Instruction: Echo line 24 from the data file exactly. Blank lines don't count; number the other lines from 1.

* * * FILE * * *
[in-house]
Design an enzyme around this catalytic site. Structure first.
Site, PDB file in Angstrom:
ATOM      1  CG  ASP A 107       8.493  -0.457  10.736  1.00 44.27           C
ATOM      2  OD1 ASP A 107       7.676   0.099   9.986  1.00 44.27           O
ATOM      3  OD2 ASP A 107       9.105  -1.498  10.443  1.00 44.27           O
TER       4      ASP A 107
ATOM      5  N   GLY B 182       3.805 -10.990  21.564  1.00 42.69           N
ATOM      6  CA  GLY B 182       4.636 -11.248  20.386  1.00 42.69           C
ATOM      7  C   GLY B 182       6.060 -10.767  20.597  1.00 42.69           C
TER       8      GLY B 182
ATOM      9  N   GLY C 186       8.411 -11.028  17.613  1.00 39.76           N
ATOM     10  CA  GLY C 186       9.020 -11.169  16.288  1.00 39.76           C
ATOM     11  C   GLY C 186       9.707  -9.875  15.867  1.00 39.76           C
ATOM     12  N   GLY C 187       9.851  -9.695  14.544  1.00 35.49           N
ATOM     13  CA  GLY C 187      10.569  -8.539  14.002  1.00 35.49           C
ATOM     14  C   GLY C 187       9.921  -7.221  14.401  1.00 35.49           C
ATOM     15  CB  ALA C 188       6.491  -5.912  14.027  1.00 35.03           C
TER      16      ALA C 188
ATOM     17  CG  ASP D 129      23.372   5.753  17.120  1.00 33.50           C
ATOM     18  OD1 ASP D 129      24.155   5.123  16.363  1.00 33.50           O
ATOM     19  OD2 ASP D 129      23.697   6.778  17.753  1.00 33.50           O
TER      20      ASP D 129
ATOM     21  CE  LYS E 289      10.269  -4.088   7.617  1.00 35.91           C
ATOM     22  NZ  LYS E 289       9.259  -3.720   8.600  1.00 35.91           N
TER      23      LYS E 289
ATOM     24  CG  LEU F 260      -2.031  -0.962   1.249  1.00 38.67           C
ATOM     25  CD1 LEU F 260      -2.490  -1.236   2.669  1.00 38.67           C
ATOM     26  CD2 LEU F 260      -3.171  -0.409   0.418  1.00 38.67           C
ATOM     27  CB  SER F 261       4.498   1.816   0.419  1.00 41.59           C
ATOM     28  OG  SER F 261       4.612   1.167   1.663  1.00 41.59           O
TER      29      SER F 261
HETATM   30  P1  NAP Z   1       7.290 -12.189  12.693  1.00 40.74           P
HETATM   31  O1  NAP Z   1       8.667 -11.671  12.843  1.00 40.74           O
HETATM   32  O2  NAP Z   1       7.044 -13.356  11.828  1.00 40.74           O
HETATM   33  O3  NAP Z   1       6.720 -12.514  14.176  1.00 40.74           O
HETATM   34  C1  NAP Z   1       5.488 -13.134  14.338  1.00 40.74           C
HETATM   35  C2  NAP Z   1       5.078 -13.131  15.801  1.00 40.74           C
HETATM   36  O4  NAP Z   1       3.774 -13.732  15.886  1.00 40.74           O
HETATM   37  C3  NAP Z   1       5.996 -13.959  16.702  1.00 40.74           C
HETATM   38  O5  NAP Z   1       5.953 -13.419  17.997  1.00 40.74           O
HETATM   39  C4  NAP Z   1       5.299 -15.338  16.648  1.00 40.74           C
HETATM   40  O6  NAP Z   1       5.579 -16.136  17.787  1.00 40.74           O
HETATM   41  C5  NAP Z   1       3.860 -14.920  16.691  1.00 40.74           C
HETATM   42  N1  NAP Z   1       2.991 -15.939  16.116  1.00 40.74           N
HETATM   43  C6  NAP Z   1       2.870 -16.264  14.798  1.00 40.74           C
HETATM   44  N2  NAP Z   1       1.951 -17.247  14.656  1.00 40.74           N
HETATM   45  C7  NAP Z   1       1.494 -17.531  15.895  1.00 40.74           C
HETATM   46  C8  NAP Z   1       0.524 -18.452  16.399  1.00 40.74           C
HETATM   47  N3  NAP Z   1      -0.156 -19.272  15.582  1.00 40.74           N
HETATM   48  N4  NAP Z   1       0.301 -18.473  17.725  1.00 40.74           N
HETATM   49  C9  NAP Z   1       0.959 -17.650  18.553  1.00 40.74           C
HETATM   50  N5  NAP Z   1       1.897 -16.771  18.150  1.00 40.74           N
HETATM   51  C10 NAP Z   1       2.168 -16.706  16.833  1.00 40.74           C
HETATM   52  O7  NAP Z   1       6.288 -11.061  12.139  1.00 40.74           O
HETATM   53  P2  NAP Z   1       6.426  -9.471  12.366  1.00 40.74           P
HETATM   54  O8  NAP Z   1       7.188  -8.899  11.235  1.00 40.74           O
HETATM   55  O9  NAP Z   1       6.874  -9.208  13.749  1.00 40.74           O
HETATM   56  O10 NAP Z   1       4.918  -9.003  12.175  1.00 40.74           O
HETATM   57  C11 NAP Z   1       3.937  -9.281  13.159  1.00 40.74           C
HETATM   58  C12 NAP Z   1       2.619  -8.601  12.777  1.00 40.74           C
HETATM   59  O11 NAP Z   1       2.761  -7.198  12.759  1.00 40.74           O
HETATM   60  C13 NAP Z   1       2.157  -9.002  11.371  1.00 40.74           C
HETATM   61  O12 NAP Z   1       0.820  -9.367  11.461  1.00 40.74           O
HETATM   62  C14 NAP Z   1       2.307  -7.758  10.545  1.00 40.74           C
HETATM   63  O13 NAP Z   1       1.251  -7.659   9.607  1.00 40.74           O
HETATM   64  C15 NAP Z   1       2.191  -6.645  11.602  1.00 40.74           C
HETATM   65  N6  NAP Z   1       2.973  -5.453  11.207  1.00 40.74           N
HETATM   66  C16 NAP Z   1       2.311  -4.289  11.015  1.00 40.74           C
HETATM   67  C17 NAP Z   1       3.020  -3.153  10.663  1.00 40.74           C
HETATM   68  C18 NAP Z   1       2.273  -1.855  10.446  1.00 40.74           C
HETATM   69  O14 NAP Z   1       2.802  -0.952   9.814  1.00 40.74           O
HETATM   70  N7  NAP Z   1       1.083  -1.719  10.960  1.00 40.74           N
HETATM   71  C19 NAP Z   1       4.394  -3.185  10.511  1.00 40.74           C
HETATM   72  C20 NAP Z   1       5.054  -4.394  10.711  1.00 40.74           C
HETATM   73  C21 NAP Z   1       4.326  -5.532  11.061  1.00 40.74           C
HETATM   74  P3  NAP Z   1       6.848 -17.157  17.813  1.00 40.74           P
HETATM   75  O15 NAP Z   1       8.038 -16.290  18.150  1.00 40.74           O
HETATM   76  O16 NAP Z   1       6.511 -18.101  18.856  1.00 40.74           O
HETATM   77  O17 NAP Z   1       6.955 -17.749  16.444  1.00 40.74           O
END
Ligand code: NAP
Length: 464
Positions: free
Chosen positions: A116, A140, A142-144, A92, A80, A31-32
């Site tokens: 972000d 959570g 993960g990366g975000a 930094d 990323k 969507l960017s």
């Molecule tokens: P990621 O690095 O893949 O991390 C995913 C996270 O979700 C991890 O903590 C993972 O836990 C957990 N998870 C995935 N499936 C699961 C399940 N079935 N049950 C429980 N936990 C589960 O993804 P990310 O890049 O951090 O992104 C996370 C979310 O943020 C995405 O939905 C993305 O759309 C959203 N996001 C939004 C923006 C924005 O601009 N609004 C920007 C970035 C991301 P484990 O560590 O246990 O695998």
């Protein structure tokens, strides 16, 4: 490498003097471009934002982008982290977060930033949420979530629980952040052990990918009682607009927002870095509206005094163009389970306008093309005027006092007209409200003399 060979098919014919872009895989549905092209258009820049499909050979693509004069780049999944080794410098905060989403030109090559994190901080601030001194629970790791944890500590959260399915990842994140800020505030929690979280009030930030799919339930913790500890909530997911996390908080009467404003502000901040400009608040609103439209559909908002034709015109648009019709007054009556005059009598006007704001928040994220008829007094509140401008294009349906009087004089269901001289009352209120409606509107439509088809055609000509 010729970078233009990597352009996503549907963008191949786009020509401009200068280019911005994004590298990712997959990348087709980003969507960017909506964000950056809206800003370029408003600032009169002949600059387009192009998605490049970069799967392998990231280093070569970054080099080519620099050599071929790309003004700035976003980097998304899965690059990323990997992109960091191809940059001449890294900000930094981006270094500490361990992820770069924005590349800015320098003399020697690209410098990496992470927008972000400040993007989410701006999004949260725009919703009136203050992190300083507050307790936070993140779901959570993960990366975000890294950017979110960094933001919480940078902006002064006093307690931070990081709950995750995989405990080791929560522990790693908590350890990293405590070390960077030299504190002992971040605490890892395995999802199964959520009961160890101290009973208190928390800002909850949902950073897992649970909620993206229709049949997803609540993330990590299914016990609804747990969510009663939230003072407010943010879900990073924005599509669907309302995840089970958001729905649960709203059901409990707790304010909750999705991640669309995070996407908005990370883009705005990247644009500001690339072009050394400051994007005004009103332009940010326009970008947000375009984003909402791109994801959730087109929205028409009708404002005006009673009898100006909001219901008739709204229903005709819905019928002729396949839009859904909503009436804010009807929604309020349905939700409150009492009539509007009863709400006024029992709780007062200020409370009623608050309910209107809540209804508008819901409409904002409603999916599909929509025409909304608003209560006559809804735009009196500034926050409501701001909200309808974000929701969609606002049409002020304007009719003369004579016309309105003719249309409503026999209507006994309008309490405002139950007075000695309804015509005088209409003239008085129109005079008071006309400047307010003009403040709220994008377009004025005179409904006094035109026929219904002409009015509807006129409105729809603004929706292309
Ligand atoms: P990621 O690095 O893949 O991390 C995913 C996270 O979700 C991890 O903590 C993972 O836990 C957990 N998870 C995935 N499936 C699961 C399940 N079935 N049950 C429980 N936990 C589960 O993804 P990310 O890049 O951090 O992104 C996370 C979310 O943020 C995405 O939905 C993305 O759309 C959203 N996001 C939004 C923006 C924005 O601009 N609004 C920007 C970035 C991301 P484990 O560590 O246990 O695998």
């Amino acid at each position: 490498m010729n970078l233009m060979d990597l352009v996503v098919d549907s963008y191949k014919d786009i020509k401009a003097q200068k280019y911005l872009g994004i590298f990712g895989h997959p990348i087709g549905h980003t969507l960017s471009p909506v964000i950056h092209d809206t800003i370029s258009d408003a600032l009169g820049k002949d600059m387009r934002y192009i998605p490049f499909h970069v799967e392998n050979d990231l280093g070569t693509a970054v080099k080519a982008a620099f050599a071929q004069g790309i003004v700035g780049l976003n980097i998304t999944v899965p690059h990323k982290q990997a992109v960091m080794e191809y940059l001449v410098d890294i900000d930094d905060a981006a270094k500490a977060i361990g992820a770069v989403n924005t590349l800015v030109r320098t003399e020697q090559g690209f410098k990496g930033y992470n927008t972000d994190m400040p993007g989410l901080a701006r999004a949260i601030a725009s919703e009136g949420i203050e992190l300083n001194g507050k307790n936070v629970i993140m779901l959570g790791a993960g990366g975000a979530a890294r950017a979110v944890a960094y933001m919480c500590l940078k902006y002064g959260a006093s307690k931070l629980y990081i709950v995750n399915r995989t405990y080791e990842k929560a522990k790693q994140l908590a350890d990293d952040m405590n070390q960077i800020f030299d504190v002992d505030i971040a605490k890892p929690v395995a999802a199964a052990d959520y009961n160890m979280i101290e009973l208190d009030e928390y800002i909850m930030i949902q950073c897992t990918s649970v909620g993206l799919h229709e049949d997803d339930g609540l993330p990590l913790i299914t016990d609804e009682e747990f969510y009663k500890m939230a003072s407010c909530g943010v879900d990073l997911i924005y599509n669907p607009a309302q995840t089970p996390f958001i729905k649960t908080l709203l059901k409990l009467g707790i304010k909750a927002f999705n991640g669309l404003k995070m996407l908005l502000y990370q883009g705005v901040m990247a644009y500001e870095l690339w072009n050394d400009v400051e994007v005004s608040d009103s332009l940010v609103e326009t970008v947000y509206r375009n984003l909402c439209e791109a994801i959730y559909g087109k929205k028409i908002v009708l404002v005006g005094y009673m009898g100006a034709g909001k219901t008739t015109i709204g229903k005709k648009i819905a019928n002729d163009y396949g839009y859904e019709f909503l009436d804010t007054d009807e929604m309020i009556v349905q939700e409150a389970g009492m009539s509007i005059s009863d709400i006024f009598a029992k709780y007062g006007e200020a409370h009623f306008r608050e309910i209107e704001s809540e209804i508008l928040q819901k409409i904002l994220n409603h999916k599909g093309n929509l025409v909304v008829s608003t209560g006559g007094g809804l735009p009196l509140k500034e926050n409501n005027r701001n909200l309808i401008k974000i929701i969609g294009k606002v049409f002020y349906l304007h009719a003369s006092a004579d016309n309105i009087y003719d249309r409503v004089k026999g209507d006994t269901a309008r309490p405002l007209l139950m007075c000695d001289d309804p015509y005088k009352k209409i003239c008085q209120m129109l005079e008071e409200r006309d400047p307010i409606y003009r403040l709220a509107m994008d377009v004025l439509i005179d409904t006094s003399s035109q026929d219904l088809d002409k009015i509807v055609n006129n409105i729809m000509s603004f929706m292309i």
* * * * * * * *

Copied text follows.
ATOM     21  CE  LYS E 289      10.269  -4.088   7.617  1.00 35.91           C